When discussing the subject of the old Ibiza flame, you imagine an island defined by its antiquated hippie mentality, making it a safe haven for meticulous objectors and distressed negligible descendants.
You think of the aspects that mattered the most on the White Isle – the music, the energy and dancing until the early hours in the morning. You picture people venturing out at night to forget about and temporarily escape their problems in exchange for indulging in the unknown far away from blueprint routine. This was exactly how Amnesia became Ibiza’s most authentic discotheque around.
A tough pill to swallow for many Ibiza regulars, Cocoon’s departure and the island’s leanings towards a more commercialised caricature meant change was once again in the air. Embracing the need for change, the iconic San Rafael venue introduced the party capital to Pyramid, its new in-house addition primarily focused on returning to the island’s original party vibes.
Tasked with an arduous void to fill, Pyramid’s inaugural Ibiza residency hasn’t always been a straight-forward ride. Just like many brand new concepts first season here, much of 2018 has been trial and error for Pyramid. Despite this, it’s impressive plethora of techno heavyweights, including the likes of Ricardo Villalobos, Maceo Plex and Charlotte de Witte, has unquestionably fuelled its awakening desire to dance.
This attitude has remained consistent throughout Pyramid’s debut year and was reflected within the buoyant atmosphere that was evolving within Amnesia’s walls. Rolling up at 2am, a snake-long queue to enter was overspilling into the car park, but with good reason… the Club Room was literally buzzing. Following her notable outing last month, Helena Hauff’s Amnesia return was one that came accompanied with heavy anticipation.
Bringing a wealth of acid house energy and industrial harshness straight from the docks of Hamburg, Helena’s ascension to the controls was welcomed with open arms. Pragmatic and composed in her approach, the German assassin’s accurately unleashed one techno bomb after the next. Advancing through the gears, she indulged the crowd with the likes of ‘Qualm’ and ‘Fag Butts in The Fire Bucket’ giving them a real insight into her new album on Ninja Tunes.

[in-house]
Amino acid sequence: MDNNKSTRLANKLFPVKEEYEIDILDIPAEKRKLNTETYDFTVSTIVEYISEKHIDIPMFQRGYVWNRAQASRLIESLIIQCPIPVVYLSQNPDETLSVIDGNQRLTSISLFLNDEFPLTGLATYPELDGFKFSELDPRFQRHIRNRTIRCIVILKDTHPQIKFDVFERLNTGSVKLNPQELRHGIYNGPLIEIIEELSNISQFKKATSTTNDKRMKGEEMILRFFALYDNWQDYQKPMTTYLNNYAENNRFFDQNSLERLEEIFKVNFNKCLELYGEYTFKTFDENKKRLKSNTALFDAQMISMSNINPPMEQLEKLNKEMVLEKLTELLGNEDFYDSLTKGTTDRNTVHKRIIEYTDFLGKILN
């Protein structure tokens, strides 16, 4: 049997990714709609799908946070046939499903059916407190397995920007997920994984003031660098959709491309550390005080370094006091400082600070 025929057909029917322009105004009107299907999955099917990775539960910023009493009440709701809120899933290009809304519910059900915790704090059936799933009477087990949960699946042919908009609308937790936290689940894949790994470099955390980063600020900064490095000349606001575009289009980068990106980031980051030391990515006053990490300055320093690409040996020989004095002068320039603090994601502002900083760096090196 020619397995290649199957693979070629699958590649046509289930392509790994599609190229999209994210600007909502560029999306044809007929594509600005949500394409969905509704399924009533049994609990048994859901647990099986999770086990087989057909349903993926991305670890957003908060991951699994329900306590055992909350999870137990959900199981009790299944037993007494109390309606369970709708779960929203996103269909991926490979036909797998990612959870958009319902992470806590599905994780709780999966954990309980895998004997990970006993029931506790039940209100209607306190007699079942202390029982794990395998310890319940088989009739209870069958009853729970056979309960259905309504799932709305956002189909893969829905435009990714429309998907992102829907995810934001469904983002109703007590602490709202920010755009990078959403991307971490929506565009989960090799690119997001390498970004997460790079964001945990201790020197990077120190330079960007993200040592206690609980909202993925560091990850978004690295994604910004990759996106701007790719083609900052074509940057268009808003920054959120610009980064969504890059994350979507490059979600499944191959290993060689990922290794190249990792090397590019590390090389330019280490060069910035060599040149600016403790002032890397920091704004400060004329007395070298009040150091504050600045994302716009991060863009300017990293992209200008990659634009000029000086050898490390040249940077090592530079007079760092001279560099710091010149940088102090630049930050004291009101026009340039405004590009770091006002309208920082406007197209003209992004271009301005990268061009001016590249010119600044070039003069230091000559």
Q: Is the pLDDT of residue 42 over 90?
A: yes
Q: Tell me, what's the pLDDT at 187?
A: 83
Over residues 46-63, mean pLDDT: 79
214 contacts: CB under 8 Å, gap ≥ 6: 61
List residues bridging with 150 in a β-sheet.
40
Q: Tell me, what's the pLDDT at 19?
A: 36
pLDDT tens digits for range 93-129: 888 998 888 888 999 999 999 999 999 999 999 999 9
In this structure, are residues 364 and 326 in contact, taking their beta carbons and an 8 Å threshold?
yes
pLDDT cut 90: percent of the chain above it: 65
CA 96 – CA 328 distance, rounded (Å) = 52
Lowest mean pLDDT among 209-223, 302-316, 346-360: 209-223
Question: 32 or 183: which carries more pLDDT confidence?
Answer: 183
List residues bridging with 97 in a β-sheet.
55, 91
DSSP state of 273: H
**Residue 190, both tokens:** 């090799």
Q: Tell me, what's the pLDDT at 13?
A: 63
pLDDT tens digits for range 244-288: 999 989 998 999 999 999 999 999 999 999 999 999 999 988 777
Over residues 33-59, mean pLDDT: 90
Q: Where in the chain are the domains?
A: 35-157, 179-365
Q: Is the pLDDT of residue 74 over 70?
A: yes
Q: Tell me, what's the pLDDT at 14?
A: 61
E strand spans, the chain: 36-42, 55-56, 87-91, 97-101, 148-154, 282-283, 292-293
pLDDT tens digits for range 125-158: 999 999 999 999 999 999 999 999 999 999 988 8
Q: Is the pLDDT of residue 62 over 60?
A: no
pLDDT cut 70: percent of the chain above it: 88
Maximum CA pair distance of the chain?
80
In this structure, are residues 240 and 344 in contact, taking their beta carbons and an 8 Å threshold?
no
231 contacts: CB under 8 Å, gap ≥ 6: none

Meanwhile, over in the Terrace, dance floor movements appeared to be business as usual. Two alluring dancers were engrossed a graceful, expressive dance within the frame of a tipi on the podium surrounded by dazzling laser beams. New arrivals struggled to manoeuvre through an ocean of chaotic fist-pumps. Much of this rowdiness however, was caused by the more subtle and linear bursts of minimal supplied by Raresh.
If you are a Raresh loyalist, the odds are that your preference lies with seeing him play within a club environment, the Terrace being the pinnacle. Naturally inclined to experimenting with a range of filters, fader tricks and infrequent big breakdowns, the Romanian native had the Terrace heaving from wall-to-wall. Defined by charming simplicity, Raresh proved enchanting with his track selections, but equally frustrating at the same time, after all, safeguarding track ID’s is the norm for Romanians.
Next up taking over the Terrace spotlight was Amnesia favourite, Ricardo Villalobos. Renowned for being one of the most intriguing characters on the scene, his set mirrored this to a tee. Constantly striving to better himself, the Chilean tastemaker continued the tone set by Raresh before him: playing music that everybody loves, but music that nobody knows. A vibrant fusion of gritty, percussion-led bangers along with his exotic South American flair provided an appeal that resonated with all.
Elsewhere, трип boss Nina Kraviz was dictating the closing scenes within the Main Room. Greeted by an overwhelming presence of cameras and flashing lights, the Siberian was in scintillating form once again. Finely furnished with her emotionally-charged, fearless take on techno, Nina remained as obstinate as ever with such inclusions as her Alice Was Here Remix of Special Request’s ‘Curtain Twitcher’ and Surgeon’s 1997 Tresor number, ‘Return’, as she continued to steer the Club Room into a deeper understanding of dance music’s heritage.
Mysterious and mystic, Nina’s performance evolved into an intense, primal exercise rejecting all distinctive structures. Articulate and confident in her body language, she remains unfazed by expectations keeping things fast-paced throughout with her relentless rework of Mount Kimbie’s ‘Blue Train Lines’.
Setting out arguably its most serious marker to date, Pyramid’s superlative balance of uncompromising, idiosyncratic techno alongside the deeper, dubbier strains of the groove-driven minimal realm ensured Amnesia’s newest fixture was showing its true potential.
Photo Credit By: Alberto Acocer